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Haulage operators are accusing the Prime Minister of attempting to scapegoat the industry for the petrol pump crisis after failing to heed their warnings of a supply chain crisis months ago.

The industry criticism follows comments made by Boris Johnson on the BBC Andrew Marr Show on Sunday (3 October). Asked what had caused the petrol pump crisis he told Marr that for “decades” the haulage industry “was not investing in the truck stops, not improving conditions, not improving pay.

“We relied on very hard working people who were willing to come in largely from European Accession countries to do that work under those conditions and so at present that is why - that job, with that pay and those conditions, is not currently attractive. What you need to do is make sure that those people now invest in basic equipment such as truck stops and better pay.”

Steve Granite, Abbey Logistics chief executive condemned Johnson’s claims this week. He said: “It is a tactic to deflect the blame onto the sector and it is infuriating.

“Yes, there has been a driver shortage for years but never have we seen food, fuel and construction materials shortages such as we are seeing now.

“The driver shortage is a result of Brexit which lost us over 10,000 drivers, combined with the delays to the HGV driving tests during Covid which lost us another 30,000 drivers and the government’s IR35 tax rule changes which also lost us many European drivers who could no longer operate as limited companies.”

He said raising pay rates was not enough to solve the crisis. “We have increased our pay rates by double digits and brought in better facilities and conditions for our drivers but there are not enough drivers out there to meet demand. We are hiring but retaining drivers is a problem when there is a shortage.

“The government has to put drivers on the Skills Shortage List. They have to accept that their immigration policy since Brexit does not match the needs of the UK economy.”

Both Granite and Lesley O’Brien, partner at Freightlink Europe are among a number of leading industry figures who signed a letter sent by the RHA to the Prime Minister on 23 June warning that the driver shortage crisis was threatening the supply chain and urging Johnson to put HGV drivers on the government’s Skills Shortage List. Johnson has yet to reply to the letter.

O’Brien criticised the Prime Minister’s lack of response but said the letter was not the first time industry had appealed to the government to take urgent action. “I sat at a government round table in March and begged Transport Minister Baroness Vere to put HGV drivers on the Skills Shortage List but she did not listen,” she recalled.

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O’Brien said Vere had insisted that since the UK had voted for Brexit the government was not prepared to allow European drivers to return and had also questioned whether the industry was exaggerating the shortage, which O’Brien said showed the level of regard in which the government holds the industry. Vere had also asked the attendees at the meeting not to refer to the driver shortage as a “crisis”, O’Brien recalled.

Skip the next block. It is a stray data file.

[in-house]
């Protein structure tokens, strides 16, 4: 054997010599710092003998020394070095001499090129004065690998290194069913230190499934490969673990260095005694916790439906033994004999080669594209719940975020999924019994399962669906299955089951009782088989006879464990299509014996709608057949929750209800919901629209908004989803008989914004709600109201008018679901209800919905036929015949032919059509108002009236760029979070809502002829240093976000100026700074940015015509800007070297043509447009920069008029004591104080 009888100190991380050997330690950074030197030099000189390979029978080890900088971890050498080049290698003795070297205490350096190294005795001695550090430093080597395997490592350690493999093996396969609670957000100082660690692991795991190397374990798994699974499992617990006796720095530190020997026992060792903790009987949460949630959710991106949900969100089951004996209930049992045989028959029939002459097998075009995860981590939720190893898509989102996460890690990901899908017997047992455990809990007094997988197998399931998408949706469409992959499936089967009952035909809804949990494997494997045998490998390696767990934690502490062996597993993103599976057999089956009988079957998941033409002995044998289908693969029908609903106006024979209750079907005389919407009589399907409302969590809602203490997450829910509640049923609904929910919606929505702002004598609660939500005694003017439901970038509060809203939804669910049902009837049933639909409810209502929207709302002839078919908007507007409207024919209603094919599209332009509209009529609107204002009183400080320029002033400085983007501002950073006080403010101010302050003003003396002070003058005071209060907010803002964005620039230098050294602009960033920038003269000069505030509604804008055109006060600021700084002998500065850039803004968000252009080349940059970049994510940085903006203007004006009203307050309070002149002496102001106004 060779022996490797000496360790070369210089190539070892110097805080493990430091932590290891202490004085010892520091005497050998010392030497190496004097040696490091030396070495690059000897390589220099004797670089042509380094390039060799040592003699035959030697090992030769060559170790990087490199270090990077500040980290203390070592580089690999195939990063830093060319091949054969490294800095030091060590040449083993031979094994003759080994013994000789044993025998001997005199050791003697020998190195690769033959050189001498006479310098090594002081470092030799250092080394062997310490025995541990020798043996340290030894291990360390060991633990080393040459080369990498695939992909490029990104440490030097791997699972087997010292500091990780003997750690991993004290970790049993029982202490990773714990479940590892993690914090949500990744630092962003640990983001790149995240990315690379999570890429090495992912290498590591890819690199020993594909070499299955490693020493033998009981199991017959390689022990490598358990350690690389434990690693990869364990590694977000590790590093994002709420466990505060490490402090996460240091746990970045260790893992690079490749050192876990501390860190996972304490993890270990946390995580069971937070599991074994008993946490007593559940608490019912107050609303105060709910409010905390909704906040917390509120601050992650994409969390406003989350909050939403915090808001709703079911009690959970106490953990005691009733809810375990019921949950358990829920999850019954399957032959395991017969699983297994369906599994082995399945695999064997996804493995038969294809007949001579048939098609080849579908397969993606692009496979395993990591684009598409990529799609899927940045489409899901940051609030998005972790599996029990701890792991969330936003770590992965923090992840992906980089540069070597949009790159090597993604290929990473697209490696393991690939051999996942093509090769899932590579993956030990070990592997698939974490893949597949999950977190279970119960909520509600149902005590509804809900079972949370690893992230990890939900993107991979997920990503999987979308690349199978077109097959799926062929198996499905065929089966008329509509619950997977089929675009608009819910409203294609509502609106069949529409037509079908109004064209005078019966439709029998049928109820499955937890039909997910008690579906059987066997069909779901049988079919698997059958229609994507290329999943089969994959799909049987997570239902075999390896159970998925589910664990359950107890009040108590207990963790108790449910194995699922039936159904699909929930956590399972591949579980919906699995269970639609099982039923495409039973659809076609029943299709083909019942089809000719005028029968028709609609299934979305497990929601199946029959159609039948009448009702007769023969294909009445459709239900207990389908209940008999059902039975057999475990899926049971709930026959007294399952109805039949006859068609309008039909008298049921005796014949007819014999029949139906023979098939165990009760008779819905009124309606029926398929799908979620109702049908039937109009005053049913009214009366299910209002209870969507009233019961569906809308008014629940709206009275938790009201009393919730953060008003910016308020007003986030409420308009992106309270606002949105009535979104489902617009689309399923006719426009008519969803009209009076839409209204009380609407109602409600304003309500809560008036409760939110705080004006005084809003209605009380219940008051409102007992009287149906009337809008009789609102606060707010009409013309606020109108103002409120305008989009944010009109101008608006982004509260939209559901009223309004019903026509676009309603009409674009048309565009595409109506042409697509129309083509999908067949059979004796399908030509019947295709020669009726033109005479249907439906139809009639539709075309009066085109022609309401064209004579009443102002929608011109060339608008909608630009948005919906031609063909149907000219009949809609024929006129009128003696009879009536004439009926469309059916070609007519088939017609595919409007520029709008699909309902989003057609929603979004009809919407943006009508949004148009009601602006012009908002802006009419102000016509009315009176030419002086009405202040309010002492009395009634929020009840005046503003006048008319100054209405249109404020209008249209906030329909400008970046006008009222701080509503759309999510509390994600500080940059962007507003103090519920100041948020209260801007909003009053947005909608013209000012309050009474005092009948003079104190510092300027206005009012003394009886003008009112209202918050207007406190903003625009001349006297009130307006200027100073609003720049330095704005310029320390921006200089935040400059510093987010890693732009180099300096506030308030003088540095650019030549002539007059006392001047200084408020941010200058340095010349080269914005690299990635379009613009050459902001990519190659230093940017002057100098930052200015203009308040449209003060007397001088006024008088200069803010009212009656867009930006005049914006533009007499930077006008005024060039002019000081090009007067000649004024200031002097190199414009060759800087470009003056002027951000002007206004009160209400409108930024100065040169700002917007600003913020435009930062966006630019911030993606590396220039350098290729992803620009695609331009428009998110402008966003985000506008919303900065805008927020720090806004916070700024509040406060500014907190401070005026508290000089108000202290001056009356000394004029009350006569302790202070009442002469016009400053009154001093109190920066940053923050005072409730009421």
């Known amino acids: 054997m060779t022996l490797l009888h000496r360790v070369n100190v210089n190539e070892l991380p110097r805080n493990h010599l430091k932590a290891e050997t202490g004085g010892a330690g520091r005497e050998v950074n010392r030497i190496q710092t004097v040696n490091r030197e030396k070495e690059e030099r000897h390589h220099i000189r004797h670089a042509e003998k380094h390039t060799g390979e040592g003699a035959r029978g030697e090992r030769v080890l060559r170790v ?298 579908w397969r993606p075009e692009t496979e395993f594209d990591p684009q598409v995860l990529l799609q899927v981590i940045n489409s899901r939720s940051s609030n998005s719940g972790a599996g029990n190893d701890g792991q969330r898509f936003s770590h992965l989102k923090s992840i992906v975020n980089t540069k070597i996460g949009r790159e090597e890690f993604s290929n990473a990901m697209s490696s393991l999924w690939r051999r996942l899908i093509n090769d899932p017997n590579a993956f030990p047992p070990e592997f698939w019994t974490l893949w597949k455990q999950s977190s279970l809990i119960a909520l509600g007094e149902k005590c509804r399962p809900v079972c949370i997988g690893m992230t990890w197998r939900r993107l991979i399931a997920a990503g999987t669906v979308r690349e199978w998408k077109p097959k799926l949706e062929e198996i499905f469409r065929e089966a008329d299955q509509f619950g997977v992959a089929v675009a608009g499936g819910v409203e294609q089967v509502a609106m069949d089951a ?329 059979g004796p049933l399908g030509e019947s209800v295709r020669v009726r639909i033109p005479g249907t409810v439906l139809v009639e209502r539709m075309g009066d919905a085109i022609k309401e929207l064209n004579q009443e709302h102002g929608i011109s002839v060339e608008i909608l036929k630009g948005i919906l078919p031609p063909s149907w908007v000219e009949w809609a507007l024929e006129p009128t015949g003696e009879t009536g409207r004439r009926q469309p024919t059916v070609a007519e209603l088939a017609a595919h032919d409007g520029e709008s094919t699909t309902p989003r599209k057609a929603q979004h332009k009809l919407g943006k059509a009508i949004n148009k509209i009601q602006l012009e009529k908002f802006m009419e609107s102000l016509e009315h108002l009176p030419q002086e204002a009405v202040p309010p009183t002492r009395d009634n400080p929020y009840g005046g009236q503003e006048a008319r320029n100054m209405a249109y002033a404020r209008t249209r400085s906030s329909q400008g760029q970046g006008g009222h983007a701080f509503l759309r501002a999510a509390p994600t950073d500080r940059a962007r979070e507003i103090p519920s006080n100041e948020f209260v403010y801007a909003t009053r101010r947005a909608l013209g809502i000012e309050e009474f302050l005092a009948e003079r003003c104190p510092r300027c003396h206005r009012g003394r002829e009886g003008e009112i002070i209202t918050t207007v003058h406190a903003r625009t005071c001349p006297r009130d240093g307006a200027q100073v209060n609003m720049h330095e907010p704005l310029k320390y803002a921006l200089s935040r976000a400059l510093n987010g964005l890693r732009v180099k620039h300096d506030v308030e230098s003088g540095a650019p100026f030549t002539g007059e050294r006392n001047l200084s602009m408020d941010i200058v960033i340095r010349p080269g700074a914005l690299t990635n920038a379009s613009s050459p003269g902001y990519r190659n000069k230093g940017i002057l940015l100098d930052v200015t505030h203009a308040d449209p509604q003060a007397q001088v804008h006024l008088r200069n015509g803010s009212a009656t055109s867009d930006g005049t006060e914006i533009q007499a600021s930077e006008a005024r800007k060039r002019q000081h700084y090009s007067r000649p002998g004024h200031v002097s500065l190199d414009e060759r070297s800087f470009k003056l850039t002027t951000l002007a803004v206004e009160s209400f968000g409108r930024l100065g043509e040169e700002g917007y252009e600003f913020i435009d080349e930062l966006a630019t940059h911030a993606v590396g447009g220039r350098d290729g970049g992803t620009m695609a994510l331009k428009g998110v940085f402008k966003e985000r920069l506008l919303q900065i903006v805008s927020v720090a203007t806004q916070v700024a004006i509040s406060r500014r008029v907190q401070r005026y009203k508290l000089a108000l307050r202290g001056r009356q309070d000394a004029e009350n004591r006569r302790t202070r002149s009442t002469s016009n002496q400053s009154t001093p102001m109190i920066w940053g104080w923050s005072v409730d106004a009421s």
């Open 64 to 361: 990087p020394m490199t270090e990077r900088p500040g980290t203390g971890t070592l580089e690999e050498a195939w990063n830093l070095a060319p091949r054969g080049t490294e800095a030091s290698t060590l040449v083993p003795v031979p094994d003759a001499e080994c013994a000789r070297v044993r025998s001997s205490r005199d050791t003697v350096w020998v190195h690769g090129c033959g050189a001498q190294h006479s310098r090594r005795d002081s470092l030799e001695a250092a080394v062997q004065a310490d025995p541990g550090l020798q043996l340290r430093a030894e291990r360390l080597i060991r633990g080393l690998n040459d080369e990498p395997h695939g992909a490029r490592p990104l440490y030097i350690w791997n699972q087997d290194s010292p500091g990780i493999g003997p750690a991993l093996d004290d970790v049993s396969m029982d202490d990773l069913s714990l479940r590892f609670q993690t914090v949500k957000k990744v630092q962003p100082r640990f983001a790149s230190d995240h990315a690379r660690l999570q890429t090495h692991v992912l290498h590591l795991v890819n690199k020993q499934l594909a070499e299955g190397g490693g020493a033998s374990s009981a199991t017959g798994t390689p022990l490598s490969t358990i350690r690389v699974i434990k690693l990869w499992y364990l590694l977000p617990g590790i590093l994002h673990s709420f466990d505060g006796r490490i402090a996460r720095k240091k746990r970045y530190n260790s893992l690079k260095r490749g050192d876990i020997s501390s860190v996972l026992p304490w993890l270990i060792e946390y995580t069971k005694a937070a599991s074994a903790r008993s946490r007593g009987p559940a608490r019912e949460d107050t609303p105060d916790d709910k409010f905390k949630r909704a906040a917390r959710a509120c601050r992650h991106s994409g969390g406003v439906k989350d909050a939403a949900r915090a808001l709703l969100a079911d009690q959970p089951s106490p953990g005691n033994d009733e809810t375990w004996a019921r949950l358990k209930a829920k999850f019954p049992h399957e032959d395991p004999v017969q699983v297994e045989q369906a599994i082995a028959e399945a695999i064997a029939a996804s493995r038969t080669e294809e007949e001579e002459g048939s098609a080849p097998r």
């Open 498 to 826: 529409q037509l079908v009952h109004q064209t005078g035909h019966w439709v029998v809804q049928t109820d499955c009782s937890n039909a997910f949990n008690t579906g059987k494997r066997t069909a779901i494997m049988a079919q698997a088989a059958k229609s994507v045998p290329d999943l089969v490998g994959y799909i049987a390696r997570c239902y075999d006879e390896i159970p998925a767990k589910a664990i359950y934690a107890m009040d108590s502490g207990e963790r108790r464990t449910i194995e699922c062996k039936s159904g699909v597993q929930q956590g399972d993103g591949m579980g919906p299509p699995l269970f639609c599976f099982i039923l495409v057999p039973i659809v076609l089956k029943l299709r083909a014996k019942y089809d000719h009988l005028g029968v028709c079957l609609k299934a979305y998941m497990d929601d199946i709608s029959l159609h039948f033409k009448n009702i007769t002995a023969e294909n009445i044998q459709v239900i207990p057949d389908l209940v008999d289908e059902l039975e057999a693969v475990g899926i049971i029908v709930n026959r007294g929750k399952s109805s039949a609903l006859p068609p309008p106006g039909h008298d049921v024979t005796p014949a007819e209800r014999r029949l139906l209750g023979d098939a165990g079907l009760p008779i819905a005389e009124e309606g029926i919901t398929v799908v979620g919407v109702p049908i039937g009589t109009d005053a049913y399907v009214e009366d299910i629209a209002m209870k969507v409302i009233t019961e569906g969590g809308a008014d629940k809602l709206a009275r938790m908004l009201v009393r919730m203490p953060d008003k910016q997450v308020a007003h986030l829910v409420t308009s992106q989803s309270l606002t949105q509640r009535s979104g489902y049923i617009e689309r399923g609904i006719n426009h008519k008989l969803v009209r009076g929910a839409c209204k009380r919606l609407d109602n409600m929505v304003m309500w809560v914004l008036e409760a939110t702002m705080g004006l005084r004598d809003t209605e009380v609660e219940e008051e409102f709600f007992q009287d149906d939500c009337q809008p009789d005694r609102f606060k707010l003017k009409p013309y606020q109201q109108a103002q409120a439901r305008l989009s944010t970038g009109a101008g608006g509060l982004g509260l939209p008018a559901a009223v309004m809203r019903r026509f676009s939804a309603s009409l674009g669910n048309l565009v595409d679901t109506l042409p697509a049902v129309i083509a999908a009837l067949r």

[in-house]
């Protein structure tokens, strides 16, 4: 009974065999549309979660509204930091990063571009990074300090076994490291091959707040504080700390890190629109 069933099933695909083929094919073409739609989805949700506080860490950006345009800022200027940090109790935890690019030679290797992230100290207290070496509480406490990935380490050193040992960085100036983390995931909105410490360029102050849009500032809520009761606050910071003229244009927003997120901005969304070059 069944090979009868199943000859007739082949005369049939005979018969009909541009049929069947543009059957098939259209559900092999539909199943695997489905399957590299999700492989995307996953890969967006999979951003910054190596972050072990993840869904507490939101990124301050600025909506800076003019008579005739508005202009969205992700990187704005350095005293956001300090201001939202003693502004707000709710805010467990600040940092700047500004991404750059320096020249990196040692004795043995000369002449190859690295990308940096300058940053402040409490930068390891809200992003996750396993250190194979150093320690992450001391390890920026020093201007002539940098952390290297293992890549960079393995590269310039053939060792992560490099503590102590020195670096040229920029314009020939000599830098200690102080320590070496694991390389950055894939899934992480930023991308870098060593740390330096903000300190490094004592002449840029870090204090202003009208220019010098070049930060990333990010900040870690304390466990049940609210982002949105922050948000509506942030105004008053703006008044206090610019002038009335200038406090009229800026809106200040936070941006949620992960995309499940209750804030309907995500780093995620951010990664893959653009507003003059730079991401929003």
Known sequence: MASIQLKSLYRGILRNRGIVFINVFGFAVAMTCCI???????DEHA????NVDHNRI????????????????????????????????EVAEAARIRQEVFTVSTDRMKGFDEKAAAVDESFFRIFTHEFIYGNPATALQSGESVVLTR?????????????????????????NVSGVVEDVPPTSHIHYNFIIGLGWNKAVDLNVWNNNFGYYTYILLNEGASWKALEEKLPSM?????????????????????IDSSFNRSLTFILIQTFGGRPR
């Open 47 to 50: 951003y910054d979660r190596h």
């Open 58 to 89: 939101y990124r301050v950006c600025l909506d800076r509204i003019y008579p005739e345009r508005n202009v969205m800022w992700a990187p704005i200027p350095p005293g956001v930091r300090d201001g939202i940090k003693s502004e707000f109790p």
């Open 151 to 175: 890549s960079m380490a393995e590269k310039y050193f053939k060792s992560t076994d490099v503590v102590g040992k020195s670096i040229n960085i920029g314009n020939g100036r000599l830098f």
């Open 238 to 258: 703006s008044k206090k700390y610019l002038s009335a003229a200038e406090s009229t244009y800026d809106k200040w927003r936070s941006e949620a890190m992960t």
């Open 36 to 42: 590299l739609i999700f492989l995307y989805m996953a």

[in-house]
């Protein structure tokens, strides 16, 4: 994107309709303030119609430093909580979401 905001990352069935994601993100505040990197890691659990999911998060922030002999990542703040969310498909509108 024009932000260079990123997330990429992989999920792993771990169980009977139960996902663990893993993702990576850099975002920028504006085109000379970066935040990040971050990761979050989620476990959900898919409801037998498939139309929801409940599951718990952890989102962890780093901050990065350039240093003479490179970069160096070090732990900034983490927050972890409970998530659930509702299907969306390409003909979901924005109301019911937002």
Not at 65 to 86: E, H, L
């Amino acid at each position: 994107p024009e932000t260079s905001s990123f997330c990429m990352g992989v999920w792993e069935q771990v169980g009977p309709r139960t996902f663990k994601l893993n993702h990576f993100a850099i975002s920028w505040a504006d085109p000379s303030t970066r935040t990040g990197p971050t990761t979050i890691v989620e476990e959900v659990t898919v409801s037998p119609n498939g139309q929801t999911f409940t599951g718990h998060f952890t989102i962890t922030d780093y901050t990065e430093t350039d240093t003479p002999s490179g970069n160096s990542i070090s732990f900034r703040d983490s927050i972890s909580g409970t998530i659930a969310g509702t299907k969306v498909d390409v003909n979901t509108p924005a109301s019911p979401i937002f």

Pointing to the government’s recent decision to issue 5,000 temporary HGV driver visas which expire in February she added: “What they have now introduced is too little, too late.”

O’Brien said she would also like to see the government ease the requirement for Driver CPC for those drivers who left the industry at the onset of the pandemic, as a way of encouraging them back, pointing to research by driver agency Driver Require which shows there are over 263,000 UK drivers who have left the industry.

“We have to find ways to entice these drivers back into the industry. Surely that is more effective than issuing 5,000 temporary visas?” said O’Brien.

Turning to the issue of driver pay, Kate Lester, founder and chief executive of Diamond Logistics said: “The logistics industry functions on lean margins. We have no issue with raising pay in the sector as long as the general public understand the cost of this.

"A rise in logistics costs = price increases in shops = inflation = interest rises. So wages will go up but people will feel poorer.”

Harinder Singh, MD of BJS Distribution Storage and Courier said the government’s attitude was a blow to industry morale. “HGV drivers have gone from Hero to Zero thanks to the UK government,” he said.

He condemned the temporary emergency HGV driver visa scheme as "a token gesture to keep face but not solve the problem,” adding: “No one is going to come here for three months.

“Immigration, movement of people – it only happens if people can improve their financial situation. You are not going to leave your family unless it will make you all better off.

Singh said the strategy was ill thought out and uneconomic.

“The government are asking drivers to come from Europe for three months at Christmas – do they not realise it will also be Christmas in Europe for the drivers and their families?

“All we’re doing is costing the haulage family a bigger problem – you’ll end up having to pay a lot more money for the drivers temporarily. The long-term solution has to be immigration from countries struggling financially - not Europe, unless we are giving them long-term visas.

"A three-month visa is not a solution it’s a token gesture at best and at worst a slap in the face to say: ‘We don’t care. Last year you were the heroes, now you’re just zeros.’”